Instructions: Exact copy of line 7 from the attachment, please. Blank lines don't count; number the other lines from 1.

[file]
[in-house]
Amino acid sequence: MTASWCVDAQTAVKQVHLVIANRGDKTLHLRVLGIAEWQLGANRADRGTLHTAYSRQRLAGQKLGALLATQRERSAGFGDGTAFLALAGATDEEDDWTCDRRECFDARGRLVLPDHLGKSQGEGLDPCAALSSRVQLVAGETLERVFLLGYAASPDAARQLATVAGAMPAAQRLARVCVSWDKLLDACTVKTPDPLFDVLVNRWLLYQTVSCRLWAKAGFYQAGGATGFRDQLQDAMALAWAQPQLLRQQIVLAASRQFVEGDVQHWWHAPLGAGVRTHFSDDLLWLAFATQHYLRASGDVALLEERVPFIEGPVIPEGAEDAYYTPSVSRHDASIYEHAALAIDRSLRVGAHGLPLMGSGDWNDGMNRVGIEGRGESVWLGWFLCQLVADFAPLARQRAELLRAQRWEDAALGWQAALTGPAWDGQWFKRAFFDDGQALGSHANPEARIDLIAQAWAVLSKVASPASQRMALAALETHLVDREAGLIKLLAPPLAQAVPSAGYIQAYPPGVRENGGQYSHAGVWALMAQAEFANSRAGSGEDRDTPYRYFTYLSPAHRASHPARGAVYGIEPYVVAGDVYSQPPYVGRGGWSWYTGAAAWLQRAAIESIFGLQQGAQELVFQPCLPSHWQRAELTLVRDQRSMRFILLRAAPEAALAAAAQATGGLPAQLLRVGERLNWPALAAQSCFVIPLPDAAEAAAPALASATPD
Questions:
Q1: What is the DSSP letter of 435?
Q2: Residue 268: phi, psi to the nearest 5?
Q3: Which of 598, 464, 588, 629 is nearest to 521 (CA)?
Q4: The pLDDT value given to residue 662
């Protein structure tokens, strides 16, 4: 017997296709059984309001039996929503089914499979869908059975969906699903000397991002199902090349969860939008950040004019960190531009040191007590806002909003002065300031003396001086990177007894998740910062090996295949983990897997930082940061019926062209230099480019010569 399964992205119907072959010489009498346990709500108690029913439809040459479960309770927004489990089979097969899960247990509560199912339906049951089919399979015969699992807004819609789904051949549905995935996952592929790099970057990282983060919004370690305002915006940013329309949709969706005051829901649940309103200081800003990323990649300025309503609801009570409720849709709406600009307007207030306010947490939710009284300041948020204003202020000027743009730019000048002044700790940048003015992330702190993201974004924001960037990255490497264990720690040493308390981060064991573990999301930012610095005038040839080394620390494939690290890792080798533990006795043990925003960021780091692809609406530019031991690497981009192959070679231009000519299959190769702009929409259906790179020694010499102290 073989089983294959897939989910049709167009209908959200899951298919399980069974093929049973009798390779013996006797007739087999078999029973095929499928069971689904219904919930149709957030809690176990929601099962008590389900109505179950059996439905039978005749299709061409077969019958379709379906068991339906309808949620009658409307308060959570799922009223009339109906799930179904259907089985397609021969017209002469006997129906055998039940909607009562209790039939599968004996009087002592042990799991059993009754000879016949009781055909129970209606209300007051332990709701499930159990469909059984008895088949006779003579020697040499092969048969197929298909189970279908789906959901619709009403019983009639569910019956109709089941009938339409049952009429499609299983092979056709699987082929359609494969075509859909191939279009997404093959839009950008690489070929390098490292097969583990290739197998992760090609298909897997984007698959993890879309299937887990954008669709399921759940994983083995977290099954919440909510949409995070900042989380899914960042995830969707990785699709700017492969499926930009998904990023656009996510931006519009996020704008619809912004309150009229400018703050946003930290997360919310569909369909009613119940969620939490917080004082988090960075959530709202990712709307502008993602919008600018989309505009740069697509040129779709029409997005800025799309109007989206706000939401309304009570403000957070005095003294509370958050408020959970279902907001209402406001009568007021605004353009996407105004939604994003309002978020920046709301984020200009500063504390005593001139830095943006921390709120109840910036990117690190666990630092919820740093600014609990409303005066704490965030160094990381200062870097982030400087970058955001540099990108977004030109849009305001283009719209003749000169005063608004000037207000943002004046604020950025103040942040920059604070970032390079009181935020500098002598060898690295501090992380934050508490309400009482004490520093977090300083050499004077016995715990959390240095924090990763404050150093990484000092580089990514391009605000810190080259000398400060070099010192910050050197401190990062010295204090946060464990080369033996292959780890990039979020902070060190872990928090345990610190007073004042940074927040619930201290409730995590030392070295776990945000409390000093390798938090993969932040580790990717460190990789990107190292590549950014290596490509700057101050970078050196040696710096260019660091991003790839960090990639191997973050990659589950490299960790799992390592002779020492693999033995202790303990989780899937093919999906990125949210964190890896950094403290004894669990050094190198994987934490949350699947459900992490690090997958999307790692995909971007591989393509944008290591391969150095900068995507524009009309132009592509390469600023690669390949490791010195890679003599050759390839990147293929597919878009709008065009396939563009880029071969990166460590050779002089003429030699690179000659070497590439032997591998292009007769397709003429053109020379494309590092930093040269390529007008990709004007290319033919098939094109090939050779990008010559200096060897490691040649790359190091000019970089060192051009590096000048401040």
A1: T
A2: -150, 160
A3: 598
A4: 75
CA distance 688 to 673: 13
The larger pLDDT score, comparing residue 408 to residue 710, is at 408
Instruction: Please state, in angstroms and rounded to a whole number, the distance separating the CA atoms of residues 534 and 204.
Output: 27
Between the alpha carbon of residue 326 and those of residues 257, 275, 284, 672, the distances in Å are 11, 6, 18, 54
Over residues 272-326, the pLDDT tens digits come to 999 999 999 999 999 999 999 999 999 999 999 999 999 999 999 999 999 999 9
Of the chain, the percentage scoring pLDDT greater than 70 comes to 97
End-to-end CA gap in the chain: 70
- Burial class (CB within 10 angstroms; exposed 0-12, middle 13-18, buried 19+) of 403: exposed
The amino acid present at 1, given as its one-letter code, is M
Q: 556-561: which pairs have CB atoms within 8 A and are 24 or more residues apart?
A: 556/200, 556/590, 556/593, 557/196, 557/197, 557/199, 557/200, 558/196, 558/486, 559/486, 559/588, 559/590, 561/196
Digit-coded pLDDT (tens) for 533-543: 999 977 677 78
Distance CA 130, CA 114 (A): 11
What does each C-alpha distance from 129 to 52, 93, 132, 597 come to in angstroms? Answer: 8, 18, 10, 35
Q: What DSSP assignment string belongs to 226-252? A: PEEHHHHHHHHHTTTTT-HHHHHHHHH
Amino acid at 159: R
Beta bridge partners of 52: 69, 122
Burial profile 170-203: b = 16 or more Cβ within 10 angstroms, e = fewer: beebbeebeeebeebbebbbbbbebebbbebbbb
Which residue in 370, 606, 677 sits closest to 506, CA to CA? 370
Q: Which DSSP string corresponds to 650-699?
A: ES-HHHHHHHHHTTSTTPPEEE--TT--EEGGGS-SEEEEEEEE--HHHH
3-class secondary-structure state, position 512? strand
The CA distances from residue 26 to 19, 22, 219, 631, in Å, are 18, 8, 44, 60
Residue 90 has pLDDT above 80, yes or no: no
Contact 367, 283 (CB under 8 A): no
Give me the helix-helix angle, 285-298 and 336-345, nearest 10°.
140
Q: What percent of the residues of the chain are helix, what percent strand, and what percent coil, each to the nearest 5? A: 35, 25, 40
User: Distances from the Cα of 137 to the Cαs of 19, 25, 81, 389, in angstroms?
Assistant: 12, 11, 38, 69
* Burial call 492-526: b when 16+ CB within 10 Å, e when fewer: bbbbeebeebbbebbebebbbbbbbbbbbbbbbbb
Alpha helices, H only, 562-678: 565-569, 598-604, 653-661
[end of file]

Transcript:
Q4: The pLDDT value given to residue 662